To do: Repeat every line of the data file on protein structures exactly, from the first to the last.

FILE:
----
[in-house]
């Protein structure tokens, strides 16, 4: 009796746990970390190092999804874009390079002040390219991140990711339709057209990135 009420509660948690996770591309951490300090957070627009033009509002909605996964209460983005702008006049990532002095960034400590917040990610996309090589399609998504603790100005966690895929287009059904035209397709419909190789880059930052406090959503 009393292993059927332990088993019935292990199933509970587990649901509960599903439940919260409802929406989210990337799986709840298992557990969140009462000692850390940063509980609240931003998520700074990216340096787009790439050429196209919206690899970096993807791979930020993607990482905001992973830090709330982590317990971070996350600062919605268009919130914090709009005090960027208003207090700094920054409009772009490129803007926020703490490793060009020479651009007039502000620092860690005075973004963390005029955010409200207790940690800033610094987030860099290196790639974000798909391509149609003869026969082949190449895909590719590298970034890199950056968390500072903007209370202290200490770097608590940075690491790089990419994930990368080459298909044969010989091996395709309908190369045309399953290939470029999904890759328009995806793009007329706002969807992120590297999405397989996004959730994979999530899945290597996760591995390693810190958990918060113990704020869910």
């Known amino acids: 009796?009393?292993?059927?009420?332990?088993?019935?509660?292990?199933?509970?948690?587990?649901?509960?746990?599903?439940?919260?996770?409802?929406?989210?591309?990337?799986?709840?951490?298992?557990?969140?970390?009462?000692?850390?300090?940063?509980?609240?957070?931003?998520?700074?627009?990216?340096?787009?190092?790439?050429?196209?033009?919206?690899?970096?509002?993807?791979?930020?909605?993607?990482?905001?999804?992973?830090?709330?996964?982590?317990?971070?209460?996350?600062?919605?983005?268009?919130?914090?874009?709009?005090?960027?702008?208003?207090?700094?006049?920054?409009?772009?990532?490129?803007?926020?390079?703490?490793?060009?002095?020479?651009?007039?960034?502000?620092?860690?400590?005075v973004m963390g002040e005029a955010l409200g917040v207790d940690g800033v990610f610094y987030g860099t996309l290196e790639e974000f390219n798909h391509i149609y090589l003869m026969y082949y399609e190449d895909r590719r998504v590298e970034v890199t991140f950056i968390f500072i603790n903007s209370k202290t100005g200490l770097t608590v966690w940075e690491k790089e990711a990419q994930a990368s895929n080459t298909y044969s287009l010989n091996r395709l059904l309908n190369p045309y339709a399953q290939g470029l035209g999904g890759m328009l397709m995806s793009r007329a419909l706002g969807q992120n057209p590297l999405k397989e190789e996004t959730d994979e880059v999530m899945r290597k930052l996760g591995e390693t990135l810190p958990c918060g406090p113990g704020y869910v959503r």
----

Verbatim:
[in-house]
């Protein structure tokens, strides 16, 4: 009796746990970390190092999804874009390079002040390219991140990711339709057209990135 009420509660948690996770591309951490300090957070627009033009509002909605996964209460983005702008006049990532002095960034400590917040990610996309090589399609998504603790100005966690895929287009059904035209397709419909190789880059930052406090959503 009393292993059927332990088993019935292990199933509970587990649901509960599903439940919260409802929406989210990337799986709840298992557990969140009462000692850390940063509980609240931003998520700074990216340096787009790439050429196209919206690899970096993807791979930020993607990482905001992973830090709330982590317990971070996350600062919605268009919130914090709009005090960027208003207090700094920054409009772009490129803007926020703490490793060009020479651009007039502000620092860690005075973004963390005029955010409200207790940690800033610094987030860099290196790639974000798909391509149609003869026969082949190449895909590719590298970034890199950056968390500072903007209370202290200490770097608590940075690491790089990419994930990368080459298909044969010989091996395709309908190369045309399953290939470029999904890759328009995806793009007329706002969807992120590297999405397989996004959730994979999530899945290597996760591995390693810190958990918060113990704020869910």
């Known amino acids: 009796?009393?292993?059927?009420?332990?088993?019935?509660?292990?199933?509970?948690?587990?649901?509960?746990?599903?439940?919260?996770?409802?929406?989210?591309?990337?799986?709840?951490?298992?557990?969140?970390?009462?000692?850390?300090?940063?509980?609240?957070?931003?998520?700074?627009?990216?340096?787009?190092?790439?050429?196209?033009?919206?690899?970096?509002?993807?791979?930020?909605?993607?990482?905001?999804?992973?830090?709330?996964?982590?317990?971070?209460?996350?600062?919605?983005?268009?919130?914090?874009?709009?005090?960027?702008?208003?207090?700094?006049?920054?409009?772009?990532?490129?803007?926020?390079?703490?490793?060009?002095?020479?651009?007039?960034?502000?620092?860690?400590?005075v973004m963390g002040e005029a955010l409200g917040v207790d940690g800033v990610f610094y987030g860099t996309l290196e790639e974000f390219n798909h391509i149609y090589l003869m026969y082949y399609e190449d895909r590719r998504v590298e970034v890199t991140f950056i968390f500072i603790n903007s209370k202290t100005g200490l770097t608590v966690w940075e690491k790089e990711a990419q994930a990368s895929n080459t298909y044969s287009l010989n091996r395709l059904l309908n190369p045309y339709a399953q290939g470029l035209g999904g890759m328009l397709m995806s793009r007329a419909l706002g969807q992120n057209p590297l999405k397989e190789e996004t959730d994979e880059v999530m899945r290597k930052l996760g591995e390693t990135l810190p958990c918060g406090p113990g704020y869910v959503r």